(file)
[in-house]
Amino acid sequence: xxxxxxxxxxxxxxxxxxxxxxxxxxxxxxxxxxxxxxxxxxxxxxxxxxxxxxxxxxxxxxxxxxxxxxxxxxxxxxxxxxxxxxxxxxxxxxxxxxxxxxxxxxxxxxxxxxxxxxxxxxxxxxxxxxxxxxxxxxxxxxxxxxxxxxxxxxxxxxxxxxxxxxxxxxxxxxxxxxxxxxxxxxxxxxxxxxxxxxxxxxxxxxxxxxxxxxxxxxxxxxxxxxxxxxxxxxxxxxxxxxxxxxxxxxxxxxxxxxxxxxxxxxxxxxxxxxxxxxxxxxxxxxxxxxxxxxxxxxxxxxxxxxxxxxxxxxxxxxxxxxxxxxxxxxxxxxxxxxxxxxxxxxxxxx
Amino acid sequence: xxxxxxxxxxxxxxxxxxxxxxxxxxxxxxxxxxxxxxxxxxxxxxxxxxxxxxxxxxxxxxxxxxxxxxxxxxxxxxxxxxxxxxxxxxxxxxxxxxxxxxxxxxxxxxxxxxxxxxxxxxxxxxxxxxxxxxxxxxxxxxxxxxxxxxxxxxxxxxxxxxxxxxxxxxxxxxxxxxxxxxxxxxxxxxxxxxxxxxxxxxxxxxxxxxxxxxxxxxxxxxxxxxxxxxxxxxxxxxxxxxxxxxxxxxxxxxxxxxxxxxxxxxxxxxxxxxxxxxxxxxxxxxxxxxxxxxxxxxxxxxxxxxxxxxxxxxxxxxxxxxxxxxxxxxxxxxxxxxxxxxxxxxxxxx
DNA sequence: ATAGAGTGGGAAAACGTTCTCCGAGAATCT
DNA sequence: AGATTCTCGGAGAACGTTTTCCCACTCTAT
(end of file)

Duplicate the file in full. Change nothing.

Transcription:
[in-house]
Amino acid sequence: xxxxxxxxxxxxxxxxxxxxxxxxxxxxxxxxxxxxxxxxxxxxxxxxxxxxxxxxxxxxxxxxxxxxxxxxxxxxxxxxxxxxxxxxxxxxxxxxxxxxxxxxxxxxxxxxxxxxxxxxxxxxxxxxxxxxxxxxxxxxxxxxxxxxxxxxxxxxxxxxxxxxxxxxxxxxxxxxxxxxxxxxxxxxxxxxxxxxxxxxxxxxxxxxxxxxxxxxxxxxxxxxxxxxxxxxxxxxxxxxxxxxxxxxxxxxxxxxxxxxxxxxxxxxxxxxxxxxxxxxxxxxxxxxxxxxxxxxxxxxxxxxxxxxxxxxxxxxxxxxxxxxxxxxxxxxxxxxxxxxxxxxxxxxxx
Amino acid sequence: xxxxxxxxxxxxxxxxxxxxxxxxxxxxxxxxxxxxxxxxxxxxxxxxxxxxxxxxxxxxxxxxxxxxxxxxxxxxxxxxxxxxxxxxxxxxxxxxxxxxxxxxxxxxxxxxxxxxxxxxxxxxxxxxxxxxxxxxxxxxxxxxxxxxxxxxxxxxxxxxxxxxxxxxxxxxxxxxxxxxxxxxxxxxxxxxxxxxxxxxxxxxxxxxxxxxxxxxxxxxxxxxxxxxxxxxxxxxxxxxxxxxxxxxxxxxxxxxxxxxxxxxxxxxxxxxxxxxxxxxxxxxxxxxxxxxxxxxxxxxxxxxxxxxxxxxxxxxxxxxxxxxxxxxxxxxxxxxxxxxxxxxxxxxxx
DNA sequence: ATAGAGTGGGAAAACGTTCTCCGAGAATCT
DNA sequence: AGATTCTCGGAGAACGTTTTCCCACTCTAT